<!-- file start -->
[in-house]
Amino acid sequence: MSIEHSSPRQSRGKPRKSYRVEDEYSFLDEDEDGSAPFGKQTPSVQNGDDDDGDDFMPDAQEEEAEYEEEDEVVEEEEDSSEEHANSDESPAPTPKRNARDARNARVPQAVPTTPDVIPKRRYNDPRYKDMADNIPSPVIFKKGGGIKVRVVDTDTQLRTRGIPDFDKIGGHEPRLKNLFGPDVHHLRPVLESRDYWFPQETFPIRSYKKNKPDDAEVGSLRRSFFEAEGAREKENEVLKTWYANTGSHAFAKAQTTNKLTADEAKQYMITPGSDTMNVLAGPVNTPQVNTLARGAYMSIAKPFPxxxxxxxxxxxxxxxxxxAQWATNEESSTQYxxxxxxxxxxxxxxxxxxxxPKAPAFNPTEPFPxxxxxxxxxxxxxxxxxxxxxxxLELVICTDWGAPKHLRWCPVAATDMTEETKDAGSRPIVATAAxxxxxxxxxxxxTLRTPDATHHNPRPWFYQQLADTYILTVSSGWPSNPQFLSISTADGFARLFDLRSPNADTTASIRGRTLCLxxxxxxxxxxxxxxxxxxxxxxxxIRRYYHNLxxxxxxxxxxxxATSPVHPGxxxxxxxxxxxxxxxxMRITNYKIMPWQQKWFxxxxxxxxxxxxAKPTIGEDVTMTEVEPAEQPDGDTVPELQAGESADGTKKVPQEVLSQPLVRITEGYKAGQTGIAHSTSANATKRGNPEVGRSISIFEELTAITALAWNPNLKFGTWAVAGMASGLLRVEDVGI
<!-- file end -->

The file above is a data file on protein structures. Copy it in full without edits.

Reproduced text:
[in-house]
Amino acid sequence: MSIEHSSPRQSRGKPRKSYRVEDEYSFLDEDEDGSAPFGKQTPSVQNGDDDDGDDFMPDAQEEEAEYEEEDEVVEEEEDSSEEHANSDESPAPTPKRNARDARNARVPQAVPTTPDVIPKRRYNDPRYKDMADNIPSPVIFKKGGGIKVRVVDTDTQLRTRGIPDFDKIGGHEPRLKNLFGPDVHHLRPVLESRDYWFPQETFPIRSYKKNKPDDAEVGSLRRSFFEAEGAREKENEVLKTWYANTGSHAFAKAQTTNKLTADEAKQYMITPGSDTMNVLAGPVNTPQVNTLARGAYMSIAKPFPxxxxxxxxxxxxxxxxxxAQWATNEESSTQYxxxxxxxxxxxxxxxxxxxxPKAPAFNPTEPFPxxxxxxxxxxxxxxxxxxxxxxxLELVICTDWGAPKHLRWCPVAATDMTEETKDAGSRPIVATAAxxxxxxxxxxxxTLRTPDATHHNPRPWFYQQLADTYILTVSSGWPSNPQFLSISTADGFARLFDLRSPNADTTASIRGRTLCLxxxxxxxxxxxxxxxxxxxxxxxxIRRYYHNLxxxxxxxxxxxxATSPVHPGxxxxxxxxxxxxxxxxMRITNYKIMPWQQKWFxxxxxxxxxxxxAKPTIGEDVTMTEVEPAEQPDGDTVPELQAGESADGTKKVPQEVLSQPLVRITEGYKAGQTGIAHSTSANATKRGNPEVGRSISIFEELTAITALAWNPNLKFGTWAVAGMASGLLRVEDVGI